The road between Vienna and Prague, taken in 1787 by the 31-year-old Mozart so as to attend the premiere of his opera Don Giovanni, was familiar to a number of other musicians. It was a journey they made in both directions, often with the vision of attaining a better life at the other end. The Czech songs dating from the turn of the 18th and 19th centuries, which form the axis of the present album, may be a revelation for many a listener - as may be the fact that Czech composers mainly set to music German and Italian texts. This could in part have been down to the boom of the German song for home music-making (and the associated publishing business), as well as the mass distribution of keyboard instruments in the 1780s. According to J. W. Goethe, the ability to play the piano was one of the qualities of well-bred young women that increased their chances of finding a good match ... Leopold Koželuch was one of Vienna's most successful song composers, and, owing to, among other things, his diplomatic skills, he even eclipsed the bright star of Mozart. The Prague-based composer F. A. Rösler, whose songs are often indistinguishable from those of Mozart's, did his utmost to preserve Mozart's legacy following his death. And similarly to Rösler, V. J. Tomášek, who too remained faithful to Prague, possessed a refined literary taste, as duly reflected in his selection of the texts for his songs. The recording captures Martina Janková's engrossing voice, replete with vitality, innocence, vigour and lightness, which so becomes the Mozart repertoire. Under the hands of Barbara Maria Willi, the bright and colourful sound of the one and only preserved fortepiano built by F. J. Baumeister (1797) will be for many yet another surprise and discovery on this musical odyssey.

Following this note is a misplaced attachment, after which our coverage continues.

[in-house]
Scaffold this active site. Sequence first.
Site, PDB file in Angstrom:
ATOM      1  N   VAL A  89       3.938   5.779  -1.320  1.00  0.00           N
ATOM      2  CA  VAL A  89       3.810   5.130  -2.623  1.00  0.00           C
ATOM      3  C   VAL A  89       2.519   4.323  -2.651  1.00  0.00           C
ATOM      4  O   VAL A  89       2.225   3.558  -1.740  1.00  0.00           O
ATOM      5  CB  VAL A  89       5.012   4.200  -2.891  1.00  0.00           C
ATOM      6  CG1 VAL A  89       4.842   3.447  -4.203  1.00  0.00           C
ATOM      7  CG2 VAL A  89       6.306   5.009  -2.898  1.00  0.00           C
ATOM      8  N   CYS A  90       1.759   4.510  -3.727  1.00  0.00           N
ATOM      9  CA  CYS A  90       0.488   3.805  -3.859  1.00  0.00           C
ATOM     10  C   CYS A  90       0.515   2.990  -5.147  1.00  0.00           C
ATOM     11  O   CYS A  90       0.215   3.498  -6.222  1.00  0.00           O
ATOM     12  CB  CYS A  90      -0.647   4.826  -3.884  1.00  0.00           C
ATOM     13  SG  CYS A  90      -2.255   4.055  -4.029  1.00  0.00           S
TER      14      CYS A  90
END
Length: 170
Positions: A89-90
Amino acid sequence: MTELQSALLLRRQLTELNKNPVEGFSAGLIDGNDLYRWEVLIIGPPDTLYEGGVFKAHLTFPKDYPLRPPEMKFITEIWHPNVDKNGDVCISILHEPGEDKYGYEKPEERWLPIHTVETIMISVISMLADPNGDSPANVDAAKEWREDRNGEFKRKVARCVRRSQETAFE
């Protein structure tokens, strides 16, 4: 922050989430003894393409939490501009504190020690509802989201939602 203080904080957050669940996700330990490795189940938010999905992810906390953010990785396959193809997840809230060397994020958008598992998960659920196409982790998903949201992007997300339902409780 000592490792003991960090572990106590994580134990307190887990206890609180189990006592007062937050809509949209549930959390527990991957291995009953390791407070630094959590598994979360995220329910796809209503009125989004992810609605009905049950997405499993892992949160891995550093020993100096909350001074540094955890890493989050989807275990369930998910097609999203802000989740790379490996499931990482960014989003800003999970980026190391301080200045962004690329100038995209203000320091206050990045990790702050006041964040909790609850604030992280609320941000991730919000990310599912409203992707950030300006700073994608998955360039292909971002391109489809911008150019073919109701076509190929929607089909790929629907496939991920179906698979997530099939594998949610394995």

The previously untraced journeys of Czech songs between Mozart's Prague and Vienna.
“Faut-il s'étonner que Martina Janková se meuve avec une discrétion magnifique, sourire et mélancolie réunis, dans ces diversités atmosphériques? Bénédiction que ce soprano d'ascendante tchèque, de grande école mozartienne (le sait-on maître?), limpide mais fruité, maître de sa dynamique. Son adorable vibrato colore les poèmes sans nuire à la simplicité d'allure.”
Diapason, October 2017
“Janková cleverly varies her vibrato speed, and canny use of dynamics brings the music vividly to life … Her singing of Haydn’s The Spirit’s Song is especially sensitive, and she is suitably light-hearted in Kalivoda’s Frühlings Wanderschaft, Op.172, abetted by the sonority of the light and colourful fortepiano.”
MusicWeb International, November 2017
“Janková genügen dazu subtile Färbungen und Trübungen im Timbre. Geschickt dosiert sie ihr Vibrato vom glasklaren Ton bis zum warmen, leichten Beben, das eine unglaubliche Empathie ausstrahlt. Gerade in der Höhe gewinnt ihre Stimme eine instrumentale Intensität, die an die junge Gundula Janowitz erinnert.”
SWR2, September 2017
“Welche Stimme ist passender, um den Mond zu besingen, als jene wundersam sanft glänzende von Martina Janková? … Die jugendliche Frische und süsse Schönheit von Jankovás 46 Jahre alter Stimme fällt auf, und siehe da: Die erst jetzt erschienene Aufnahme wurde 2006 aufgenommen! Schön, dass sie endlich auf dem Markt ist.”
NZZ am Sonntag, July 2018